The University of Texas MD Anderson Cancer Center recently unveiled plans to expand its Proton Therapy Center. The expansion will more than double the center’s size to more than 160,000 square feet.
The estimated completion of the new building is November 2023. The $159 million expansion will increase the center size to include a total of eight radiation therapy machines that rotate 360° around a patient to deliver a proton beam to the exact area intended for treatment. The new machines will deliver intensity-modulated proton therapy, the most precise form of image-guided radiation therapy available. The expansion also will include an additional synchrotron, the massive accelerator that creates the proton beam, as well as rooms with improved design for a better patient experience.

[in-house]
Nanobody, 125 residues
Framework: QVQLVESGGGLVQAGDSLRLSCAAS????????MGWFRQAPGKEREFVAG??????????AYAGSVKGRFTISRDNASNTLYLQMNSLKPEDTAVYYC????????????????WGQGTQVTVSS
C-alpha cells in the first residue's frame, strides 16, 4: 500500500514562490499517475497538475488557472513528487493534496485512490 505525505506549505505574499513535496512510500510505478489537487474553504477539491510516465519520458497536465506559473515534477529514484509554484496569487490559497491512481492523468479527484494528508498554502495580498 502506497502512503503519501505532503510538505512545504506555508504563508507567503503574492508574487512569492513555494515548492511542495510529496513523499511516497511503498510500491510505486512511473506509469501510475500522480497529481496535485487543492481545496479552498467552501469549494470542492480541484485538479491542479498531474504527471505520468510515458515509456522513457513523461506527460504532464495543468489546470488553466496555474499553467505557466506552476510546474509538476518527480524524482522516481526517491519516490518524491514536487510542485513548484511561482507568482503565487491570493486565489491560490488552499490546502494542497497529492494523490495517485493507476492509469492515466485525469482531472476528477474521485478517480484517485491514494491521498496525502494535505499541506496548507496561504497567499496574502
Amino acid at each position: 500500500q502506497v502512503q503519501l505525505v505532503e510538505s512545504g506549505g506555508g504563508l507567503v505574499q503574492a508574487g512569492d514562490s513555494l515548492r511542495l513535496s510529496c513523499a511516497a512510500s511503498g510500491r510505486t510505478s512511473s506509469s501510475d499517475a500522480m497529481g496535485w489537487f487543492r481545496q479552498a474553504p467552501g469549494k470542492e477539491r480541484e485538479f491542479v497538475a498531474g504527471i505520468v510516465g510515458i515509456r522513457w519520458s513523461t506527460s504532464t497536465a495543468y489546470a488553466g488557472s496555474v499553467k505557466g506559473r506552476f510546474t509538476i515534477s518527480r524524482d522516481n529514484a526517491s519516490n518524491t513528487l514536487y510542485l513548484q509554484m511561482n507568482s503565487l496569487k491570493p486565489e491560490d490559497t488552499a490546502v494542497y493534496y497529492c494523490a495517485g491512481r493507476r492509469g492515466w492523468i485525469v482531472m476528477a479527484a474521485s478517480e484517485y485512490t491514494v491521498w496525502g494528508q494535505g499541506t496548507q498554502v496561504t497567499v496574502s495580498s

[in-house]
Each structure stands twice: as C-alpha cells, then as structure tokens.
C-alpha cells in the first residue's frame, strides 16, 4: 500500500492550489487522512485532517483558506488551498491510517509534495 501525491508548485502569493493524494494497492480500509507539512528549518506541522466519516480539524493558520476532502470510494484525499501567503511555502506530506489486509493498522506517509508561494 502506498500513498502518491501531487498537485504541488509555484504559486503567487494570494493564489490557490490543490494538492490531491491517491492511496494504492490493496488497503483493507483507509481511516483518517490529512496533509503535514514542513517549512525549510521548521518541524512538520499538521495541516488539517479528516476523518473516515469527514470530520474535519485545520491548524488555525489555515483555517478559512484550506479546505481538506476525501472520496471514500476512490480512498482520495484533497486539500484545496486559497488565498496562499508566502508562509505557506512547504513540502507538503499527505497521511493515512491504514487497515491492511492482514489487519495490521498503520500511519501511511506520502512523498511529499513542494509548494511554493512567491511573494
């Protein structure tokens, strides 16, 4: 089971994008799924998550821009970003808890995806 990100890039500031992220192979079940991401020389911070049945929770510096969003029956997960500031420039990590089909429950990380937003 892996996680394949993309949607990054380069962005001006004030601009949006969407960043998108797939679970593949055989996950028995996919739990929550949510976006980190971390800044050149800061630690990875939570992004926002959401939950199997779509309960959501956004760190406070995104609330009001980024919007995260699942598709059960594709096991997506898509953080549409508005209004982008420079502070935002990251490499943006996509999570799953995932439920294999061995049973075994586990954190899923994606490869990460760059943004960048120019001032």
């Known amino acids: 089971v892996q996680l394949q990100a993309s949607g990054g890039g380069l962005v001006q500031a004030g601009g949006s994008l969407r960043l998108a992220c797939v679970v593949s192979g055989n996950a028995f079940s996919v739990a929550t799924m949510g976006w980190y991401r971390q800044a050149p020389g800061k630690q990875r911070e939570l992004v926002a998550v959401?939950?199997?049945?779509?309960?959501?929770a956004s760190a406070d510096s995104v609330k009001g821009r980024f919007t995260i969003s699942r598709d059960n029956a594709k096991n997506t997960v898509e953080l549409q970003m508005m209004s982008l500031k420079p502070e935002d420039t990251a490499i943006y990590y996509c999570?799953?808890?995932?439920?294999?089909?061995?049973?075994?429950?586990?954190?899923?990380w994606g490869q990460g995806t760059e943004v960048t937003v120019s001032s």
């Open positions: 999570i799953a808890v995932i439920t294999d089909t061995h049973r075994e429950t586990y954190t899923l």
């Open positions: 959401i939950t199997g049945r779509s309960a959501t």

This therapy currently is used to treat a number of cancers in adult and pediatric patients, including prostate, lung, head/neck, liver, esophagus, brain, and lymphoma.
Since opening in 2006, MD Anderson’s Proton Therapy Center has treated more than 9,300 patients from the United States and across the world within its current 73,500 square-foot facility. In 2018, MD Anderson treated 819 patients with proton therapy, a nearly 11% increase from 2017. Currently, 38% of patients are treated for head and neck cancers, but the center also sees numerous patients for prostate, lung, liver, and brain cancers, as well as a range of pediatric cancers. ■